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The Basics: Croutons


Homemade croutons are a staple in my kitchen. Whenever I have leftover bread, I make them. Like crostini, there's something wildly satisfying about cubes of toasted, crunchy bread. They're a versatile ingredient and can be thrown into salads, placed on top of soups, or munched on as a snack. Toss them with chunks of fresh tomato and olive oil for a quick panzanella. Or spear with toothpicks and plunge into cheesy fondue.

Once you know the simple technique for making croutons, you can season them with whatever you like: grated cheese, dried or fresh herbs, spices, garlic, etc. You can also vary the moistening ingredient — sometimes I'll make croutons with melted butter and other times I prefer olive oil. Same goes with the crust: you can remove it or, for a more rustic crouton, leave it on.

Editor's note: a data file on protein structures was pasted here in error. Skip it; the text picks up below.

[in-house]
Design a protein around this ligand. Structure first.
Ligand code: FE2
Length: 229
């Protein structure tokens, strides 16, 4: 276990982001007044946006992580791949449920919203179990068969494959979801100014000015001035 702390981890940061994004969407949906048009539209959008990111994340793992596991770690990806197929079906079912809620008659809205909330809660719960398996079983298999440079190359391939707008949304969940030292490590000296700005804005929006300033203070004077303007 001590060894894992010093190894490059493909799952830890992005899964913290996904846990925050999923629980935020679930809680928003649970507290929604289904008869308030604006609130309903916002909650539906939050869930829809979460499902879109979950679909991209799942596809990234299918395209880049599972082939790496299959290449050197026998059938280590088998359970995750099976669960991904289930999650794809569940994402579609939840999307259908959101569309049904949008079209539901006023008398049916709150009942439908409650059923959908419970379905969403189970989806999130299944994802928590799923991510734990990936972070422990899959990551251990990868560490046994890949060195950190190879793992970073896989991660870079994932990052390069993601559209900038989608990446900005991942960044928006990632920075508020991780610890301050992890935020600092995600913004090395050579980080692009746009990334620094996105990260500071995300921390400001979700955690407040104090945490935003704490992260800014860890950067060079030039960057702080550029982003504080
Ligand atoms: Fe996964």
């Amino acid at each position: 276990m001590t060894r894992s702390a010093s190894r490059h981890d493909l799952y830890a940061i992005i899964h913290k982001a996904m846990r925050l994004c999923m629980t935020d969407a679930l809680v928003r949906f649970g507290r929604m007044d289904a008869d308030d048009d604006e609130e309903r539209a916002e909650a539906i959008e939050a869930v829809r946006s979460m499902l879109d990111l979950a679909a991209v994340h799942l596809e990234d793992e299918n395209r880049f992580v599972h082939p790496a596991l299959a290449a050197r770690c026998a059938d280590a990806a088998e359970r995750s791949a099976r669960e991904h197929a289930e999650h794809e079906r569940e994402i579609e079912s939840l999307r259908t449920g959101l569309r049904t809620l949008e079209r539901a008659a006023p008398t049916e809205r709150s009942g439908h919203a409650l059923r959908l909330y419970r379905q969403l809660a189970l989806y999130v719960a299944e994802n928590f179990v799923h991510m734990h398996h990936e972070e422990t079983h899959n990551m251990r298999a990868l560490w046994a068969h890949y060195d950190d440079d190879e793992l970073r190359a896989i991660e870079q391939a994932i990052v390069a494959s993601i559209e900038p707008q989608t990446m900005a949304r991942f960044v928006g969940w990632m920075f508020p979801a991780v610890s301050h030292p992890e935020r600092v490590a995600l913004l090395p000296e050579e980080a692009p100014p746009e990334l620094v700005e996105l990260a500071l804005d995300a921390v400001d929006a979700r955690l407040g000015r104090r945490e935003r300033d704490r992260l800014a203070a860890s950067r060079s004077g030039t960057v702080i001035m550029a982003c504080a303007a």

One thing, however, that always remains the same, is the cooking method. Although you can easily saute them in a pan on the stove, I prefer to bake my croutons in the oven. It provides a crispy texture and requires less work. To look at my recipe, read more.

Croutons

Croutons

Croutons

Ingredients

2 tablespoons unsalted butter, melted
1/3 cup extra-virgin olive oil
1 loaf (8 to 10 ounces) rustic Italian bread, cut into 3/4-inch pieces
1 teaspoon salt
1/2 teaspoon freshly ground black pepper

Directions

  1. Preheat oven to 350 degrees.
  2. Combine butter and olive oil in a large bowl. Add bread cubes, and toss until coated. Sprinkle with salt and black pepper; toss until evenly coated.
  3. Spread bread in a single layer on an 11-by-17-inch baking sheet.
  4. Bake until croutons are golden, about 15-20 minutes.

Makes 3-4 cups of croutons.

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